Introduction: There is a strong relationship between infectivity with Human Immunodeficiency Virus (HIV) and Herpes Simplex Virus (HSV); however the process leading to chronic herpetic lesions in HIV is still under investigation.
Case report: There is evidence that patients receiving highly active antiretroviral therapy (HAART) may be more prone to chronic ulcers than those not receiving therapy. We present a case of a 35-year-old HIV-infected African American woman with a chronic herpetic ulcer of over 2 years duration, and suggest that her anti-retroviral therapy is enabling her immune system to mount an ongoing attack against the herpes virus resulting in a chronic non-healing ulcer.
Conclusion: Immune reconstitution inflammatory syndrome (IRIS) should be considered when a patient on HIV therapy presents with a chronic herpetic lesion.
Chronic herpetic genital ulcerations have become more prevalent since the start of the Human Immunodeficiency Virus (HIV) epidemic and the relationship between these two viruses is increasingly important. Although more cases of chronic herpetic ulcers are being described in HIV infected individuals, the mechanism behind this ongoing tumor-like inflammation has yet to be fully determined . In this case report we describe an abnormally prolonged vulvar ulcer and explore the impact that the HIV therapy may have on the clinical manifestation.
A 35-year-old African American woman with known vertically transmitted HIV infection diagnosed at age 16 presented to the gynecologists with a chief complaint of a non-healing vulvar ulcer of over 2 year duration. Examination revealed a 4x4cm non-tender and non-pruritic vulvar ulcer with indurated borders (Figure 1). Areas of depigmentation, atrophic labia minora, small stenotic vaginal introitus and a scar on the clitoris are also visible on the external genitalia. In June 2014 absolute CD4+ count was 490-1740 cells/uL and Herpes Simplex Virus (HSV) immunostain of the ulcer was positive. Patient was on highly active antiretroviral therapy (HAART) during this time. Patient was instructed to avoid sexual intercourse and she was put on Acyclovir 400 mg PO three times daily and acyclovir cream. The ulcer healed and she was left on acyclovir 400 mg PO daily as suppressive therapy and is responding well.
Figure 1. Chronic vulvar herpetic ulcer in HIV-infected patients on HAART.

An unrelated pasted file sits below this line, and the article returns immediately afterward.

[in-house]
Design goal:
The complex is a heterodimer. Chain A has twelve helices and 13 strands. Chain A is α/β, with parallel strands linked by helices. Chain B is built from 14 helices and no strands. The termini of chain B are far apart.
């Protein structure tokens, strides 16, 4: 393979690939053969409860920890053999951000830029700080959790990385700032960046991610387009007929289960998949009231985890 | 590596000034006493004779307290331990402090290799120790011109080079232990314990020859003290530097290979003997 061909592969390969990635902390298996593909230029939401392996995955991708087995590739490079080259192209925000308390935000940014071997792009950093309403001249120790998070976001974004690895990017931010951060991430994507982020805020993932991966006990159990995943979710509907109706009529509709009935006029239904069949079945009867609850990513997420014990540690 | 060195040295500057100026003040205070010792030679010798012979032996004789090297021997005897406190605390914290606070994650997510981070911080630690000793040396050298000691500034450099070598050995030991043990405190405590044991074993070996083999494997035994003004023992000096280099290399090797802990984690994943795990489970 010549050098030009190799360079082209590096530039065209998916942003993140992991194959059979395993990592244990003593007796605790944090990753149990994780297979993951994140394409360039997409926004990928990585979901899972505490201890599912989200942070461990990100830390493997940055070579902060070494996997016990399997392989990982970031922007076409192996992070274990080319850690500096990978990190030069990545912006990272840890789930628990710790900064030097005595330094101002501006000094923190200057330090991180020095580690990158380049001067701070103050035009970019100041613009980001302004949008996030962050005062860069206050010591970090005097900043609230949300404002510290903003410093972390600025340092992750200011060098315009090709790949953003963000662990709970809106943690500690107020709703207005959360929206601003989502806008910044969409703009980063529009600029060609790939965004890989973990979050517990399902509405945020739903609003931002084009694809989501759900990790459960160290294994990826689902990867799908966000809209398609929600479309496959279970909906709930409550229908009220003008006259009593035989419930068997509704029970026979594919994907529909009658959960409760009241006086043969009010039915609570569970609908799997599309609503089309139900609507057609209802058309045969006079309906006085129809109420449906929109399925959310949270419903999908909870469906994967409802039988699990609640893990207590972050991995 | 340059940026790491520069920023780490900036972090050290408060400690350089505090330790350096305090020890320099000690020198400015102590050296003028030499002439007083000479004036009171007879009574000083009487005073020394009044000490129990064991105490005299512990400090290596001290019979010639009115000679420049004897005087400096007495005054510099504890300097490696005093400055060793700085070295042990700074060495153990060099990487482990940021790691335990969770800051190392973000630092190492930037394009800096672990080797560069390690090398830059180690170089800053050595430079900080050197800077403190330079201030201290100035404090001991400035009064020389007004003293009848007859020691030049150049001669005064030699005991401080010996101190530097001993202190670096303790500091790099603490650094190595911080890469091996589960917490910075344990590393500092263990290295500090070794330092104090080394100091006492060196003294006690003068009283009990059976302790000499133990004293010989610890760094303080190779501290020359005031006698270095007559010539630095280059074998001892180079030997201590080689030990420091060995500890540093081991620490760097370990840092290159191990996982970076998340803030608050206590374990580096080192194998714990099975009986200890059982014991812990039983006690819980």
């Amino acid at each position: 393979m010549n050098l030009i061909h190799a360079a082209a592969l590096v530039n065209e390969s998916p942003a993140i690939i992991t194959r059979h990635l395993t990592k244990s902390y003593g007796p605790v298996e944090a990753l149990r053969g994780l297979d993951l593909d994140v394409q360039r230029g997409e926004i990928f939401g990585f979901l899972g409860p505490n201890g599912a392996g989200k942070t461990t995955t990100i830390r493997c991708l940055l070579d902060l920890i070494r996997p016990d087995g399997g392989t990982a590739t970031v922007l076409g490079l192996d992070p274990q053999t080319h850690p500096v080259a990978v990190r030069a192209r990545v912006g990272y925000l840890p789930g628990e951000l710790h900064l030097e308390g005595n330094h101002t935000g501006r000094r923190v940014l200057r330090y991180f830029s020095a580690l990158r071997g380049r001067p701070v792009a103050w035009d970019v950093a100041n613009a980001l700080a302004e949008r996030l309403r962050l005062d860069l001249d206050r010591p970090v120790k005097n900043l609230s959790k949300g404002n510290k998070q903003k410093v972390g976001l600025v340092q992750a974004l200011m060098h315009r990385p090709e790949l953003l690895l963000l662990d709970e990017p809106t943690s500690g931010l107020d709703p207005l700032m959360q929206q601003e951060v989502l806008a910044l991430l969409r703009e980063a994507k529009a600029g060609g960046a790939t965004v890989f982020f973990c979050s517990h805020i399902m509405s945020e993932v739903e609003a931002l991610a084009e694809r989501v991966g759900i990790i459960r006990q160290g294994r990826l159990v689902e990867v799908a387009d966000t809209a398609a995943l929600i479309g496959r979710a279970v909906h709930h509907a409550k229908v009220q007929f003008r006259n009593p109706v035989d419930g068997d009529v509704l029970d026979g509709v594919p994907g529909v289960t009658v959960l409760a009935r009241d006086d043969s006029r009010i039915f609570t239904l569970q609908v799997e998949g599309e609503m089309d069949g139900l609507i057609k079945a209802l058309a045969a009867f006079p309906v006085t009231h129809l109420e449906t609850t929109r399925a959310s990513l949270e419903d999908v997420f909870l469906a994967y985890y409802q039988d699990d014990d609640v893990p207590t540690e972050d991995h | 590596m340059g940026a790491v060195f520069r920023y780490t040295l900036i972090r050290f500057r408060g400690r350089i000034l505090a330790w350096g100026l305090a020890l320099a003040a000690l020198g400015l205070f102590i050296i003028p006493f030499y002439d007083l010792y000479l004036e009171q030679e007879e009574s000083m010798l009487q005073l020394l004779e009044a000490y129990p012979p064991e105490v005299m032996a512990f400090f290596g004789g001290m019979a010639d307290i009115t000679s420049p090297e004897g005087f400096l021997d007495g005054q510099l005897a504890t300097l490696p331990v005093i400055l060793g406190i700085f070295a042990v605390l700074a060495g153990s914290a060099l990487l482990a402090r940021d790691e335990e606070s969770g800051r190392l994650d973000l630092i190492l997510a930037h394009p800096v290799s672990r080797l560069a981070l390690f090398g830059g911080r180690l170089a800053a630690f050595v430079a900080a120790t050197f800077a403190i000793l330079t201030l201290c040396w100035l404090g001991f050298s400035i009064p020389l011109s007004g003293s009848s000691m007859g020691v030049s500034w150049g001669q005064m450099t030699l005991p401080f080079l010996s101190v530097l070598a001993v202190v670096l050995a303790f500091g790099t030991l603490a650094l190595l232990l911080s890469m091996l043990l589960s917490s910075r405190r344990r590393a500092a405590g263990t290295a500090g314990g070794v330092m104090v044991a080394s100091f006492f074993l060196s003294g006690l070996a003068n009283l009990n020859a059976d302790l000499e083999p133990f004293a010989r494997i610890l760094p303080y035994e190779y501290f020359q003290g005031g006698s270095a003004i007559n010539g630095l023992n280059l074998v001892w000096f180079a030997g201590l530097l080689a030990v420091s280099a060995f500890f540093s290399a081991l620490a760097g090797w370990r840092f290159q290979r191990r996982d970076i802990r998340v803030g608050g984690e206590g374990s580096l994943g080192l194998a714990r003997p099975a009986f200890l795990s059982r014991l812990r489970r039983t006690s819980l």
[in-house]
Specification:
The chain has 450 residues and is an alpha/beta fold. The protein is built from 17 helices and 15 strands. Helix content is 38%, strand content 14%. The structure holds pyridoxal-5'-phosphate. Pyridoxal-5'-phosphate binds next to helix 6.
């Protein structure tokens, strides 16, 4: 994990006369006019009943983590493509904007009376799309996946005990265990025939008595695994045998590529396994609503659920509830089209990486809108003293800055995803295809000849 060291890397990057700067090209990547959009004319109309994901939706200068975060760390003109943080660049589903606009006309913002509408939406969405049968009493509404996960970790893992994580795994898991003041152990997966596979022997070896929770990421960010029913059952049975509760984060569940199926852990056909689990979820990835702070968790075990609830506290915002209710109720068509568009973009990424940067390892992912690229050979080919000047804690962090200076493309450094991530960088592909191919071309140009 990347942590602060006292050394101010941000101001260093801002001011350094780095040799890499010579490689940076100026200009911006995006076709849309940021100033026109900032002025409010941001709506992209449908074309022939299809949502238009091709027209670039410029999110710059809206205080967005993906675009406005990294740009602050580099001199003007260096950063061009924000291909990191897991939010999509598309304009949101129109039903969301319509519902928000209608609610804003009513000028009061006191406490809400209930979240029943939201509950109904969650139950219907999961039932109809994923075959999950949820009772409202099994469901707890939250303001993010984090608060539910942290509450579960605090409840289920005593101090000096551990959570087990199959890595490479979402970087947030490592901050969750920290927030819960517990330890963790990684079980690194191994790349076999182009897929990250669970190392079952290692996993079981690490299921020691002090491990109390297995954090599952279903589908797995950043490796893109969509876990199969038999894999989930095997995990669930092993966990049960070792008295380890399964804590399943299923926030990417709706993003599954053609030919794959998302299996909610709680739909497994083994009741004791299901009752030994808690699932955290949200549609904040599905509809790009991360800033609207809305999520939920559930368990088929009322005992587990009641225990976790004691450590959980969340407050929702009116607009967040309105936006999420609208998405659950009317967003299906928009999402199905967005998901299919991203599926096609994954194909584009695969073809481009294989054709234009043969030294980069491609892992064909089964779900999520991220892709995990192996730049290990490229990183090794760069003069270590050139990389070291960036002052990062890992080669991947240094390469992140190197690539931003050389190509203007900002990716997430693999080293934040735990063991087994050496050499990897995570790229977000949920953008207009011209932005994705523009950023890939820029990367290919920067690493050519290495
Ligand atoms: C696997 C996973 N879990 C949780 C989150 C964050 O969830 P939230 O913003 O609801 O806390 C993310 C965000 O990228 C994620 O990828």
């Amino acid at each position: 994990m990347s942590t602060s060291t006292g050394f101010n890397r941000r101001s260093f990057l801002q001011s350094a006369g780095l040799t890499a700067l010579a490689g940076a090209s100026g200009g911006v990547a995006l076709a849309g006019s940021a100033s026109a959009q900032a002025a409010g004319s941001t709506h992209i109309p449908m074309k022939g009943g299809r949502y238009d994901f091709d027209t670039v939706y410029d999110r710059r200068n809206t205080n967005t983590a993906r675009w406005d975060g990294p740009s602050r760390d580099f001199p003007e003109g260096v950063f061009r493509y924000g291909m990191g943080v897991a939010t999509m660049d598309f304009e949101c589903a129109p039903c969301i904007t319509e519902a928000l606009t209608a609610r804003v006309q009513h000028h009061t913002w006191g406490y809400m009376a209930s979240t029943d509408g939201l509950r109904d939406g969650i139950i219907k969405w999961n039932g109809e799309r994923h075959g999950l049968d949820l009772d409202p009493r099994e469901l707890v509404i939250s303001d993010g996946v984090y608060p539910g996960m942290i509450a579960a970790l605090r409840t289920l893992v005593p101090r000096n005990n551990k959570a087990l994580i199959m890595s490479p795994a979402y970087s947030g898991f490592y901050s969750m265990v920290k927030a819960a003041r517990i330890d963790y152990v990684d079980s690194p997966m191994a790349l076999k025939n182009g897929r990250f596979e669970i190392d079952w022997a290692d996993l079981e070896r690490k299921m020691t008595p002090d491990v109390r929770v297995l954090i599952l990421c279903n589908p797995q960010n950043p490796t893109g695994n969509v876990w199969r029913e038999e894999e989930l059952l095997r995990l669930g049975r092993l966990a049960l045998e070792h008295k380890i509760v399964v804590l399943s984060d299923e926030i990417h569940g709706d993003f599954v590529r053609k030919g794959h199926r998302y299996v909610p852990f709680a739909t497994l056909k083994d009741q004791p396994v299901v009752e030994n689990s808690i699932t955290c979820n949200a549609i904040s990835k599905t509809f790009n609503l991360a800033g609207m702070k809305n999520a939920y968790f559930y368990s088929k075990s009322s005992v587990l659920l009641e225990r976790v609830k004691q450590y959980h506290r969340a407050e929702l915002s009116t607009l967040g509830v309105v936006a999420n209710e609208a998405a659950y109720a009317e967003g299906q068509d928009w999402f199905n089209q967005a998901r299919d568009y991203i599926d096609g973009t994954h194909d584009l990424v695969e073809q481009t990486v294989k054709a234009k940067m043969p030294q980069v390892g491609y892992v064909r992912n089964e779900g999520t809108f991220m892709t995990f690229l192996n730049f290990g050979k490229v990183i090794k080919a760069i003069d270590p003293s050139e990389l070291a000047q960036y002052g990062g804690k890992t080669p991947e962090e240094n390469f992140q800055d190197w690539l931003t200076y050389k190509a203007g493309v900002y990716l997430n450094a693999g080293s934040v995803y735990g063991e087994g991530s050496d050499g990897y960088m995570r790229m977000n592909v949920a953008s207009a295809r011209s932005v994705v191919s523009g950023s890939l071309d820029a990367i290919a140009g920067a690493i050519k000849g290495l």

This case report is unique, even among the other cases of chronic herpetic vulvar ulcers in an HIV-infected patient, due to the prolonged duration of the ulcer of over 2 years. In a report on 29 cases of chronic (greater than 1 month) genital ulcers in HIV patients, the etiology was Herpes in the majority of cases  and other studies found that co-infection in certain populations is as high as 50% to 90% . Since the introduction of HAART, mortality rate has decreased but it has lead to a new phenomenon known as immune reconstitution inflammatory syndrome (IRIS), in which clinical deterioration occurs soon after the initiation of HAART due to the return of the body’s ability to effectively mount an immune response against a pathogen .
Although this patient’s HAART therapy is protecting her against opportunistic infections, emerging evidence has shown that it increases the likelihood of genital herpes. A retrospective cohort study of 1,551 HIV-infected patients showed that after controlling for the confounders of age, gender and CD4 counts, patients receiving HAART for less than 6 months had a higher incidence of active genital herpes than those not receiving therapy . Because IRIS is the result of the restoration of an immune response against a causative agent, definitive treatment is the removal of the agent. Reports have demonstrated complete elimination of chronic herpetic ulcers following treatment with oral acyclovir [6,7]. IV foscarnet or IV valacyclovir are effective in situations where acyclovir had been unsuccessful at eliminating the ulcer . Our patient responded well to PO acyclovir; Figure 2 is eight weeks after initiation of treatment. The patient was left on prophylactic dose without recurrence in over one year.
Figure 2. Herpetic lesion eight weeks after initiation of treatment with Acyclovir.
This is an original case report of interest to dermatologists, gynecologists, infectious disease and general physicians. In short, IRIS should be considered a possible cause of healing delay in patients on HAART with chronic vulvar herpetic lesions. Physicians should educate their patients who are on HAART about the possibility of a prolonged presentation of genital ulcers, and the importance of early identification and treatment of the causative organism.
Funding: This research received no specific grant from any funding agency in the public, commercial, or not-for-profit sectors.
Disclosures: Jeffrey B. Morris, Eric L. Maranda, Christopher Mancuso and Jose A. Carugno declare that they have no conflict of interest.
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